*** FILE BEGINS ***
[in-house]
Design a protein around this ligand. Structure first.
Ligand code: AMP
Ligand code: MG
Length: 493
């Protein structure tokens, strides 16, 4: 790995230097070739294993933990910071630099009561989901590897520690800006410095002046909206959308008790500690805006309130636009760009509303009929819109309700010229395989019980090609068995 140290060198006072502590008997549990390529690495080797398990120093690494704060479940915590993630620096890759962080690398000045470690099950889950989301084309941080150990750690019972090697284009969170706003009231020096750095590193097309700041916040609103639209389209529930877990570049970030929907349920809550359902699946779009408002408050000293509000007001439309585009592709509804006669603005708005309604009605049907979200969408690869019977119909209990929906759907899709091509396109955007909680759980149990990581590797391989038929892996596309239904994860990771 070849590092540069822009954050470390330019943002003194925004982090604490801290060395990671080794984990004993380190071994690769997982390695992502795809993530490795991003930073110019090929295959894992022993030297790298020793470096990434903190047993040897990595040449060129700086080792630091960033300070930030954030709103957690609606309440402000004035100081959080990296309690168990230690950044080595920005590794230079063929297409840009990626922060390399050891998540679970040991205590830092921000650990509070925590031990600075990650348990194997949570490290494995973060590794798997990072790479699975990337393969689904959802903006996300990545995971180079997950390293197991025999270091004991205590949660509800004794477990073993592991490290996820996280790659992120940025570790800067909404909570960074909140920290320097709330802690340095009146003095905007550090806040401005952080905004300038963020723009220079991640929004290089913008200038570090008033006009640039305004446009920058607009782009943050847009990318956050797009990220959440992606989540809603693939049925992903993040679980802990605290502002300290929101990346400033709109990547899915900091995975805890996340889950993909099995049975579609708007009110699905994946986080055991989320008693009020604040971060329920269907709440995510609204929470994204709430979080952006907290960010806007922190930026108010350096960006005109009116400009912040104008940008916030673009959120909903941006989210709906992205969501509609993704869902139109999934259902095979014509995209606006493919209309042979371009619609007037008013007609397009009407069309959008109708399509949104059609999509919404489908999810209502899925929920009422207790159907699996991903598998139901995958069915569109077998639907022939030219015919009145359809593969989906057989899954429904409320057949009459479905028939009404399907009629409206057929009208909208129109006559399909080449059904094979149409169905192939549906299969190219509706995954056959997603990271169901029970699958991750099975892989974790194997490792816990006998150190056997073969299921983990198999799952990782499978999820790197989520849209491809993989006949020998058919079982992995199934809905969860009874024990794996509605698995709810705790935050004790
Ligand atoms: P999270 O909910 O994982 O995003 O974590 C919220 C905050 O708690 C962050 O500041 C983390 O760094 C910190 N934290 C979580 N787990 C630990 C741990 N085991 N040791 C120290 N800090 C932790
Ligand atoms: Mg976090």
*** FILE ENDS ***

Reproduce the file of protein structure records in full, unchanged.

[in-house]
Design a protein around this ligand. Structure first.
Ligand code: AMP
Ligand code: MG
Length: 493
């Protein structure tokens, strides 16, 4: 790995230097070739294993933990910071630099009561989901590897520690800006410095002046909206959308008790500690805006309130636009760009509303009929819109309700010229395989019980090609068995 140290060198006072502590008997549990390529690495080797398990120093690494704060479940915590993630620096890759962080690398000045470690099950889950989301084309941080150990750690019972090697284009969170706003009231020096750095590193097309700041916040609103639209389209529930877990570049970030929907349920809550359902699946779009408002408050000293509000007001439309585009592709509804006669603005708005309604009605049907979200969408690869019977119909209990929906759907899709091509396109955007909680759980149990990581590797391989038929892996596309239904994860990771 070849590092540069822009954050470390330019943002003194925004982090604490801290060395990671080794984990004993380190071994690769997982390695992502795809993530490795991003930073110019090929295959894992022993030297790298020793470096990434903190047993040897990595040449060129700086080792630091960033300070930030954030709103957690609606309440402000004035100081959080990296309690168990230690950044080595920005590794230079063929297409840009990626922060390399050891998540679970040991205590830092921000650990509070925590031990600075990650348990194997949570490290494995973060590794798997990072790479699975990337393969689904959802903006996300990545995971180079997950390293197991025999270091004991205590949660509800004794477990073993592991490290996820996280790659992120940025570790800067909404909570960074909140920290320097709330802690340095009146003095905007550090806040401005952080905004300038963020723009220079991640929004290089913008200038570090008033006009640039305004446009920058607009782009943050847009990318956050797009990220959440992606989540809603693939049925992903993040679980802990605290502002300290929101990346400033709109990547899915900091995975805890996340889950993909099995049975579609708007009110699905994946986080055991989320008693009020604040971060329920269907709440995510609204929470994204709430979080952006907290960010806007922190930026108010350096960006005109009116400009912040104008940008916030673009959120909903941006989210709906992205969501509609993704869902139109999934259902095979014509995209606006493919209309042979371009619609007037008013007609397009009407069309959008109708399509949104059609999509919404489908999810209502899925929920009422207790159907699996991903598998139901995958069915569109077998639907022939030219015919009145359809593969989906057989899954429904409320057949009459479905028939009404399907009629409206057929009208909208129109006559399909080449059904094979149409169905192939549906299969190219509706995954056959997603990271169901029970699958991750099975892989974790194997490792816990006998150190056997073969299921983990198999799952990782499978999820790197989520849209491809993989006949020998058919079982992995199934809905969860009874024990794996509605698995709810705790935050004790
Ligand atoms: P999270 O909910 O994982 O995003 O974590 C919220 C905050 O708690 C962050 O500041 C983390 O760094 C910190 N934290 C979580 N787990 C630990 C741990 N085991 N040791 C120290 N800090 C932790
Ligand atoms: Mg976090």